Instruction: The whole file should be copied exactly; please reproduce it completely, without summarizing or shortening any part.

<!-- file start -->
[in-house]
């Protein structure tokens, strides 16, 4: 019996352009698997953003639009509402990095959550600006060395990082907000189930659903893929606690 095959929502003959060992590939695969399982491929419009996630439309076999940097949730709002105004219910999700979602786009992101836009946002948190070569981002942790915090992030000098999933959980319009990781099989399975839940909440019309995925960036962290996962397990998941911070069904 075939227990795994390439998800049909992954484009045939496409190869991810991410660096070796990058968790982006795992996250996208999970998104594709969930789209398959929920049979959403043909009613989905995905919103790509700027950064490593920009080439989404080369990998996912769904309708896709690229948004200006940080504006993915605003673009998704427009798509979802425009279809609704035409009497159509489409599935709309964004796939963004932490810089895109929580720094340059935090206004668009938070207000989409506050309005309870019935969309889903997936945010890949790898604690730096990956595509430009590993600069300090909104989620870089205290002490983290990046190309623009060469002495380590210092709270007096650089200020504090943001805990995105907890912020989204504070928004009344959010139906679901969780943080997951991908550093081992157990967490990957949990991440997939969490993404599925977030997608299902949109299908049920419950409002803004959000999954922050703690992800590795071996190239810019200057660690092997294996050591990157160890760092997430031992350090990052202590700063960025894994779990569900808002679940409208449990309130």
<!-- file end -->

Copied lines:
[in-house]
């Protein structure tokens, strides 16, 4: 019996352009698997953003639009509402990095959550600006060395990082907000189930659903893929606690 095959929502003959060992590939695969399982491929419009996630439309076999940097949730709002105004219910999700979602786009992101836009946002948190070569981002942790915090992030000098999933959980319009990781099989399975839940909440019309995925960036962290996962397990998941911070069904 075939227990795994390439998800049909992954484009045939496409190869991810991410660096070796990058968790982006795992996250996208999970998104594709969930789209398959929920049979959403043909009613989905995905919103790509700027950064490593920009080439989404080369990998996912769904309708896709690229948004200006940080504006993915605003673009998704427009798509979802425009279809609704035409009497159509489409599935709309964004796939963004932490810089895109929580720094340059935090206004668009938070207000989409506050309005309870019935969309889903997936945010890949790898604690730096990956595509430009590993600069300090909104989620870089205290002490983290990046190309623009060469002495380590210092709270007096650089200020504090943001805990995105907890912020989204504070928004009344959010139906679901969780943080997951991908550093081992157990967490990957949990991440997939969490993404599925977030997608299902949109299908049920419950409002803004959000999954922050703690992800590795071996190239810019200057660690092997294996050591990157160890760092997430031992350090990052202590700063960025894994779990569900808002679940409208449990309130």